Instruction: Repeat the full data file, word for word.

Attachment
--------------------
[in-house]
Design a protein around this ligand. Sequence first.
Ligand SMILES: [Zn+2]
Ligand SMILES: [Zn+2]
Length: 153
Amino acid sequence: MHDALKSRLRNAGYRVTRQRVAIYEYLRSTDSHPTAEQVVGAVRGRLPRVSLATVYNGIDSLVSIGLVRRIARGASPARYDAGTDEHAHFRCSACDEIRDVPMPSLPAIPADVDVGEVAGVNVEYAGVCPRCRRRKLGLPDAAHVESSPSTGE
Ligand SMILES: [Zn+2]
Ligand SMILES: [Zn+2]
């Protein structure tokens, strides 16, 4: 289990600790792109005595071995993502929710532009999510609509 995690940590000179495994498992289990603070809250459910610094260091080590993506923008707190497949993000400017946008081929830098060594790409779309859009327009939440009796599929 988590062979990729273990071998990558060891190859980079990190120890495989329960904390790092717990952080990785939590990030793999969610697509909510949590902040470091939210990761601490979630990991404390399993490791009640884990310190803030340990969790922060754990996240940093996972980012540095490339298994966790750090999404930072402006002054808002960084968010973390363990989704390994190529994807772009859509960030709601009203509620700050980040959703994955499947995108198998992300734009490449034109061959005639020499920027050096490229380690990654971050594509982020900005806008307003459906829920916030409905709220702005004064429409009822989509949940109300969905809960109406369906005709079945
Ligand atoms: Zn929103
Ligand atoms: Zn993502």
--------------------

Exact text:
[in-house]
Design a protein around this ligand. Sequence first.
Ligand SMILES: [Zn+2]
Ligand SMILES: [Zn+2]
Length: 153
Amino acid sequence: MHDALKSRLRNAGYRVTRQRVAIYEYLRSTDSHPTAEQVVGAVRGRLPRVSLATVYNGIDSLVSIGLVRRIARGASPARYDAGTDEHAHFRCSACDEIRDVPMPSLPAIPADVDVGEVAGVNVEYAGVCPRCRRRKLGLPDAAHVESSPSTGE
Ligand SMILES: [Zn+2]
Ligand SMILES: [Zn+2]
């Protein structure tokens, strides 16, 4: 289990600790792109005595071995993502929710532009999510609509 995690940590000179495994498992289990603070809250459910610094260091080590993506923008707190497949993000400017946008081929830098060594790409779309859009327009939440009796599929 988590062979990729273990071998990558060891190859980079990190120890495989329960904390790092717990952080990785939590990030793999969610697509909510949590902040470091939210990761601490979630990991404390399993490791009640884990310190803030340990969790922060754990996240940093996972980012540095490339298994966790750090999404930072402006002054808002960084968010973390363990989704390994190529994807772009859509960030709601009203509620700050980040959703994955499947995108198998992300734009490449034109061959005639020499920027050096490229380690990654971050594509982020900005806008307003459906829920916030409905709220702005004064429409009822989509949940109300969905809960109406369906005709079945
Ligand atoms: Zn929103
Ligand atoms: Zn993502």